There are some necessary reforms that would not be politically expedient to undertake nine, or fewer, months before a general election. The whole gamut of petro product subsidies, barely 10% of which reach the intended beneficiary, but which negatively impact PSU oil companies, the environment, the overuse of oil and the pollution impact on health of diesel adulterated with kerosene, needs to be urgently altered. Simply delivering the subsidies to intended beneficiaries in a better manner, using technology, can save the Government a pile of money. Similarly, the fertiliser subsidy needs to be made more efficient. If these two are tackled, the true fiscal deficit would be significantly brought down. It is officially under 5% of GDP but in reality closer to 8 if accounting tricks undertaken by the Finance Minister are corrected.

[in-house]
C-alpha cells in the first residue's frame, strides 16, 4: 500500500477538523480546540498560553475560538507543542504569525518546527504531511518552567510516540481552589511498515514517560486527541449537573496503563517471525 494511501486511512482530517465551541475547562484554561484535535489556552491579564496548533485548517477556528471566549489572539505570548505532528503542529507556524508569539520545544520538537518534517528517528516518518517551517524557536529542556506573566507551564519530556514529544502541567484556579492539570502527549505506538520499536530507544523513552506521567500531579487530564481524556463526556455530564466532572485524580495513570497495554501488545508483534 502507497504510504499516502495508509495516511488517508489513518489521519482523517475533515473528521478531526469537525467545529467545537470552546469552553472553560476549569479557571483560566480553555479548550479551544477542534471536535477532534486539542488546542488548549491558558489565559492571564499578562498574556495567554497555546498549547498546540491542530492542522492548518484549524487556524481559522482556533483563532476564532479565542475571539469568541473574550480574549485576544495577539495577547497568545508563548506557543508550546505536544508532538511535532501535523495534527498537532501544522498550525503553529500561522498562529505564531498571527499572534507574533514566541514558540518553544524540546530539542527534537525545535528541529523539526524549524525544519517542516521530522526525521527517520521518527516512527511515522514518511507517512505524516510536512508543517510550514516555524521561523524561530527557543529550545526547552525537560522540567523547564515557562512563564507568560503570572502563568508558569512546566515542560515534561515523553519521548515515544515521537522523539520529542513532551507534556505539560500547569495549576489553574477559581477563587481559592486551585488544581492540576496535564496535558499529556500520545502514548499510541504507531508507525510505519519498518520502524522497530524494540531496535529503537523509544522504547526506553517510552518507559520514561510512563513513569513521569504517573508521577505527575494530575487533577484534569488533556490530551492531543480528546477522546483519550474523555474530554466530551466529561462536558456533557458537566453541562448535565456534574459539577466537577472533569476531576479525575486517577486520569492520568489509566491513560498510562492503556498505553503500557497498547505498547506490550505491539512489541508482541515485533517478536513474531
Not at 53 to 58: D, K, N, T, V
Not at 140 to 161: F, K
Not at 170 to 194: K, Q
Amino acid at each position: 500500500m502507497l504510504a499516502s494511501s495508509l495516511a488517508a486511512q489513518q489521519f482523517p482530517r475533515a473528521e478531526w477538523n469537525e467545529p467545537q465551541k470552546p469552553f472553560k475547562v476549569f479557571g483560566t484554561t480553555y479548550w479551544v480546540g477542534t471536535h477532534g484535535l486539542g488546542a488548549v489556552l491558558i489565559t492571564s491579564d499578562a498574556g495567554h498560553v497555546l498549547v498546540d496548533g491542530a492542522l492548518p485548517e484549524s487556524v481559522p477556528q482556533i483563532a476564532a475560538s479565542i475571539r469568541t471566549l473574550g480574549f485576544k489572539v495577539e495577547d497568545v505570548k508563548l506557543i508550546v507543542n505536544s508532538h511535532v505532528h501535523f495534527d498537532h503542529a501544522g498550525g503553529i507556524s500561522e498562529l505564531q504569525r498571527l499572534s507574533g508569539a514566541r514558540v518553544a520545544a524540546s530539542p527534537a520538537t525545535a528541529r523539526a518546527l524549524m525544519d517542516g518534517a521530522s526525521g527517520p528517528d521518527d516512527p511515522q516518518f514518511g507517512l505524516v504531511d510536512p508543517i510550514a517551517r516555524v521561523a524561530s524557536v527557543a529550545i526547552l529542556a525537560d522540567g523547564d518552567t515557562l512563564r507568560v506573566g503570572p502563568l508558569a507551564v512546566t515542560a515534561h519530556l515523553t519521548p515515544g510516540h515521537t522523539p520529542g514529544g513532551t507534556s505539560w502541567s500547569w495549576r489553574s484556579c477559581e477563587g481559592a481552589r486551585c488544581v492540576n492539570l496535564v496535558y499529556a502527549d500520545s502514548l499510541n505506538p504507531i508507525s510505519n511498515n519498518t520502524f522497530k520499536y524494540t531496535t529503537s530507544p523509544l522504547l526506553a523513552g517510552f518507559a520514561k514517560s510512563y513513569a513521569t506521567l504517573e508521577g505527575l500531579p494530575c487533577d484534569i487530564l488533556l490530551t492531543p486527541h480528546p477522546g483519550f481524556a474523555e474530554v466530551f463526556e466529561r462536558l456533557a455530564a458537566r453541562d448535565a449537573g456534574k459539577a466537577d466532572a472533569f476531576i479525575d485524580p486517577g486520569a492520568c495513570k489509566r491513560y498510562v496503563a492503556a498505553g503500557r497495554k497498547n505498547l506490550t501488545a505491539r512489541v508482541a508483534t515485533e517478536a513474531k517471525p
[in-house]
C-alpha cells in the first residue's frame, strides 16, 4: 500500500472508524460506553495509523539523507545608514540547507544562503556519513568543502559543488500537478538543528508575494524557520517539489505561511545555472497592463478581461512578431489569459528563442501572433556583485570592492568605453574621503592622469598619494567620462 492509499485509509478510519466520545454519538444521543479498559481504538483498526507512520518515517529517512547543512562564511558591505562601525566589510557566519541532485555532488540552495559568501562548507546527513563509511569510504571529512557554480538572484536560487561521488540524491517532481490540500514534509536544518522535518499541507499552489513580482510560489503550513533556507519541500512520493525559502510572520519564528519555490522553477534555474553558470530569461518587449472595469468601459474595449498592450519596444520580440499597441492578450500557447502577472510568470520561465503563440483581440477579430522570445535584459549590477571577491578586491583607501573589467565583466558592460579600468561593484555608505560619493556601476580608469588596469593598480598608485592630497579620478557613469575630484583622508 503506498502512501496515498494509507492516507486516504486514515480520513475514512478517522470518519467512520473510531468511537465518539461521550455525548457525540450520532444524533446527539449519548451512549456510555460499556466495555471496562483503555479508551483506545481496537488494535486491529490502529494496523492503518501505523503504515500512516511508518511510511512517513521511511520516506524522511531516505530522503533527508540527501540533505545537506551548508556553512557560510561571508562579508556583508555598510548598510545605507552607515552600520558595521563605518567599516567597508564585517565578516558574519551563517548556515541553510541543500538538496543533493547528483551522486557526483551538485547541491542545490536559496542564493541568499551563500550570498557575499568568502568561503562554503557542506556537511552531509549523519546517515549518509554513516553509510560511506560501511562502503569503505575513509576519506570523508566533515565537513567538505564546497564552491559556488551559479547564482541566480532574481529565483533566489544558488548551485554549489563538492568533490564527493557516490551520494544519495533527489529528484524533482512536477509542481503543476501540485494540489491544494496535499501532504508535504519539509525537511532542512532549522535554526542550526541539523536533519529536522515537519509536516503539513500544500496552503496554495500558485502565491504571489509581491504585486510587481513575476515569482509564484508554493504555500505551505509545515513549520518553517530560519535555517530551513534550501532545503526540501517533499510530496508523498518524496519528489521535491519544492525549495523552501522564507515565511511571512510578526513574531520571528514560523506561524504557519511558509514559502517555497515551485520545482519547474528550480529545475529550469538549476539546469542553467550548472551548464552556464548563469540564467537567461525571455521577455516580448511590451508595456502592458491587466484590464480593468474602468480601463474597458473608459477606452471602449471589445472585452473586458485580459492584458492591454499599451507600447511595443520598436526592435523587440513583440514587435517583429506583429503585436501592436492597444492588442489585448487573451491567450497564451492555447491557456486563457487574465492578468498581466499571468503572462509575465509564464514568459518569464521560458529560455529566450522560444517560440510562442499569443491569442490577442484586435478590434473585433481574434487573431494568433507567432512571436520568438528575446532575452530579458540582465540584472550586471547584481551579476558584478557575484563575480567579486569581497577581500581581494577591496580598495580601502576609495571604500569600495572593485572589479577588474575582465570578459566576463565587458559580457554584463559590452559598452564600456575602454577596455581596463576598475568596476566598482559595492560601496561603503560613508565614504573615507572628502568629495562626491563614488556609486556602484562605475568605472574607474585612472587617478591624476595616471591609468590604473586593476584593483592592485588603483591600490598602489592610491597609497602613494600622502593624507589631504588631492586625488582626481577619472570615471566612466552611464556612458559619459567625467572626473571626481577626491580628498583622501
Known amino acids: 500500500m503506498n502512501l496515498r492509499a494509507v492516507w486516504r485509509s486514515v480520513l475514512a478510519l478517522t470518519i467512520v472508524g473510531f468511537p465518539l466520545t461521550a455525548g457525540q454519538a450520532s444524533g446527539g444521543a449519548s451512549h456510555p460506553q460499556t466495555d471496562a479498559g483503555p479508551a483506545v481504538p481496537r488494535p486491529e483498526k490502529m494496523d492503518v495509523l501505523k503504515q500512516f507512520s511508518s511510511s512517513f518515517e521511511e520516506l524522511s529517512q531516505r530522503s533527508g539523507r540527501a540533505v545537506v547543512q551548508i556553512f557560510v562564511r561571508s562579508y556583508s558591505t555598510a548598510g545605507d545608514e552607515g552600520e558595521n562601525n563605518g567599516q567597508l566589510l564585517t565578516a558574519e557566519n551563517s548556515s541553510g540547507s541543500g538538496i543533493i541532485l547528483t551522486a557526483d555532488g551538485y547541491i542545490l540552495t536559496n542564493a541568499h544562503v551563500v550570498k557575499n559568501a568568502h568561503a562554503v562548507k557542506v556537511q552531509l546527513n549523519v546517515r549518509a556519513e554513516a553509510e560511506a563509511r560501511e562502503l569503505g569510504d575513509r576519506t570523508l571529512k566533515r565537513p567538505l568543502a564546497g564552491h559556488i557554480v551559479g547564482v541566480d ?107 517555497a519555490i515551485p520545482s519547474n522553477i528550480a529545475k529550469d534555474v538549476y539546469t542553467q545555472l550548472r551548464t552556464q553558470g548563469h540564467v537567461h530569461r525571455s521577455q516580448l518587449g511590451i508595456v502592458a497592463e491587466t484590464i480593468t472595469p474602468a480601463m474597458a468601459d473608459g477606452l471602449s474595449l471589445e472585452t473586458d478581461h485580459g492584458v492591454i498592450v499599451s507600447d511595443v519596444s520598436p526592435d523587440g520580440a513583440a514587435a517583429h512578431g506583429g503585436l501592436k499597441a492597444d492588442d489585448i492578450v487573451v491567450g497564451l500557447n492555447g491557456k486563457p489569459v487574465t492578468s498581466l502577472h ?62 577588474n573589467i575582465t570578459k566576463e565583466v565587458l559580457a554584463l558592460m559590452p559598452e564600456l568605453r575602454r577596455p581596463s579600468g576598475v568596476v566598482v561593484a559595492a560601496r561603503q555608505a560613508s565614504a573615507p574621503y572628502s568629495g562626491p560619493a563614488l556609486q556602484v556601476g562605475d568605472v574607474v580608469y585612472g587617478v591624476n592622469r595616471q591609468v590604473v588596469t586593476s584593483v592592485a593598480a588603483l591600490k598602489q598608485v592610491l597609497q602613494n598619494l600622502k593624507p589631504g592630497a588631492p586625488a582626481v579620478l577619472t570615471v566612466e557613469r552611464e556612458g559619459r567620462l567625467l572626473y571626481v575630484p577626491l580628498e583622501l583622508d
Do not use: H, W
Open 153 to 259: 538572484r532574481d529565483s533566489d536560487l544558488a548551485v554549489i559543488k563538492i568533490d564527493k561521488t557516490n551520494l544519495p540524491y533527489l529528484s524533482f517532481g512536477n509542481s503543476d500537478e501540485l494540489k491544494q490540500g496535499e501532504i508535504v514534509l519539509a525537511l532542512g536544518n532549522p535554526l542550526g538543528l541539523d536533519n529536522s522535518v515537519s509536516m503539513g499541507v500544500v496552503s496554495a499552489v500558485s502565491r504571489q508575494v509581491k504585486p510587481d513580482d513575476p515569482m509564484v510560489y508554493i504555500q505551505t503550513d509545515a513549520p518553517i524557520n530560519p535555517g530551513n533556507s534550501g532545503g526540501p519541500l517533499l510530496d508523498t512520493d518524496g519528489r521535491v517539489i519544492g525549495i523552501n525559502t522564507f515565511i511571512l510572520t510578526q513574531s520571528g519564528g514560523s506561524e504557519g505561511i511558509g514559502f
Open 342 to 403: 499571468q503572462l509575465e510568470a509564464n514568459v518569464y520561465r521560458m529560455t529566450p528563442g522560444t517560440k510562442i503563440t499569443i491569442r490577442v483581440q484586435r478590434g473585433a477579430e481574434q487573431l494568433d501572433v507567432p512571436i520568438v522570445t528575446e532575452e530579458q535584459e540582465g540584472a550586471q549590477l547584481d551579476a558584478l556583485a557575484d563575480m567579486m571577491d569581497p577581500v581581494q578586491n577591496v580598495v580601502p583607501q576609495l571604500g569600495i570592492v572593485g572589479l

So, in domestic factors, things look good for an uptrend, at least until the UPA Government decides to call elections. There would be progress on the nuclear deal, there would, hopefully, be forward movement on economic reforms now that the nay sayers are out of the reckoning and, if crude oil prices remain down, inflation would be manageable.